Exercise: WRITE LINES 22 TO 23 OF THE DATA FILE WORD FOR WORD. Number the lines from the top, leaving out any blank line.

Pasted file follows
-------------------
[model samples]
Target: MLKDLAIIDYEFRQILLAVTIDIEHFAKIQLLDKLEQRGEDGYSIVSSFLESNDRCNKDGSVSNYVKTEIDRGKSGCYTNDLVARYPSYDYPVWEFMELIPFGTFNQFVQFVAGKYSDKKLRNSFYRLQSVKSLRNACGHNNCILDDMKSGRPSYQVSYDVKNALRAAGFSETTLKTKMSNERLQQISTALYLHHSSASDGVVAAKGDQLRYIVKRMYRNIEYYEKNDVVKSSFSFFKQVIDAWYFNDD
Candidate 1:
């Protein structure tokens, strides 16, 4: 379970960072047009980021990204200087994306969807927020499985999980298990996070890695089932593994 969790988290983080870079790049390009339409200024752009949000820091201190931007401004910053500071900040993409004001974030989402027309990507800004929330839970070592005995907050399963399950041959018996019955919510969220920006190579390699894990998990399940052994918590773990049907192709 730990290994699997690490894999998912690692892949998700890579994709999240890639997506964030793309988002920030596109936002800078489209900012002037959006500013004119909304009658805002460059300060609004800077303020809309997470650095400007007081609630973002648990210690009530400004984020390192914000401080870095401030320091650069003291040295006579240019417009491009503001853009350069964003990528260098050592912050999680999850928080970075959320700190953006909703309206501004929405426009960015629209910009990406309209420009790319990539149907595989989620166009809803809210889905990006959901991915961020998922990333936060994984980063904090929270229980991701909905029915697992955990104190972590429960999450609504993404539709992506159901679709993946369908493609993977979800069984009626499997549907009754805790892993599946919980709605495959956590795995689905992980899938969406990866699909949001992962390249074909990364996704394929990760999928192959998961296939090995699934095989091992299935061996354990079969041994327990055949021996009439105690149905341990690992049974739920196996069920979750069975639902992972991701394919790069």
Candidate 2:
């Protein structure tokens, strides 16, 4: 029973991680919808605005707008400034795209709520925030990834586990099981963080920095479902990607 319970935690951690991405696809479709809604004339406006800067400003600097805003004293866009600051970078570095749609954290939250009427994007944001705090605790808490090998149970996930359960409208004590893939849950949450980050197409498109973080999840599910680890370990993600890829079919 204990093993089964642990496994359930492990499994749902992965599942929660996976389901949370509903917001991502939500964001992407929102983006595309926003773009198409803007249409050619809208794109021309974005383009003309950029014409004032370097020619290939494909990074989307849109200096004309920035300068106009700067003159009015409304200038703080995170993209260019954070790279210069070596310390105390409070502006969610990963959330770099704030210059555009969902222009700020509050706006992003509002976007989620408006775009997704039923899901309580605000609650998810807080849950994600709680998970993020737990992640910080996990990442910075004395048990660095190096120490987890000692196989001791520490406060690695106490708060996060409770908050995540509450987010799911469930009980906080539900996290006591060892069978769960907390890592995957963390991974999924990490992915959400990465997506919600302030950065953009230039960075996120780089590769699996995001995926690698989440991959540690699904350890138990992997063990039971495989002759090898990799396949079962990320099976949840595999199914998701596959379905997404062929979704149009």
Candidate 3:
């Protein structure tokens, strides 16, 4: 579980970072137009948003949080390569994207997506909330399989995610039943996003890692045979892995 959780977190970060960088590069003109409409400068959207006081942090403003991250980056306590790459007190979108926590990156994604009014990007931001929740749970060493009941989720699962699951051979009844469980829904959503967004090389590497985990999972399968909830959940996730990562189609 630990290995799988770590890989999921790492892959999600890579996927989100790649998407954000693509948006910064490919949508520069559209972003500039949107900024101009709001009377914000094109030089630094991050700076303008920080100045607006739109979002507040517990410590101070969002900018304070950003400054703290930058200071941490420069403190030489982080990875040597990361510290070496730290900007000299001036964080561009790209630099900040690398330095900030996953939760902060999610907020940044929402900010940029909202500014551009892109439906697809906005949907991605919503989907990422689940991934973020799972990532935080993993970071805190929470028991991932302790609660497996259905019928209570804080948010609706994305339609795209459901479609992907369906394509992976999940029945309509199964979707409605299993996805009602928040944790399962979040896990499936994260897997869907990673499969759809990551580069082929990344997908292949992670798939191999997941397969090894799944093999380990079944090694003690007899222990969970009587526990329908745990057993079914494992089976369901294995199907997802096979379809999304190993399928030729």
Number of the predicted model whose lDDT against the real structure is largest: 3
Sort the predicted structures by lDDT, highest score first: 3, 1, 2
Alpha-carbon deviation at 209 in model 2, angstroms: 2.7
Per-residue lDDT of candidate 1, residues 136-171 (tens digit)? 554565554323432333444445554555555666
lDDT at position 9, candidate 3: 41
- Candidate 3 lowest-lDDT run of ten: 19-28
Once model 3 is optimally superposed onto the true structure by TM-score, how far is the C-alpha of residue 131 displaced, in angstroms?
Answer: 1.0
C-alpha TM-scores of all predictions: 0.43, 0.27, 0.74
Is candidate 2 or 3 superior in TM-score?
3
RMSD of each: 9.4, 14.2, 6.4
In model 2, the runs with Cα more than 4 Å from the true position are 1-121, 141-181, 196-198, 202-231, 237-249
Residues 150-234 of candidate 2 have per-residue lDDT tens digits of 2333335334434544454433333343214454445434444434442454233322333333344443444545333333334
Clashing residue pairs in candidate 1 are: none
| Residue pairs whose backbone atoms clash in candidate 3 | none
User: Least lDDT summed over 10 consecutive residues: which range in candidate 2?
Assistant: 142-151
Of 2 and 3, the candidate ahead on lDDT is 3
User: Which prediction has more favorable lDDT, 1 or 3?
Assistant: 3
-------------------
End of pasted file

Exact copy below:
Residues 150-234 of candidate 2 have per-residue lDDT tens digits of 2333335334434544454433333343214454445434444434442454233322333333344443444545333333334
Clashing residue pairs in candidate 1 are: none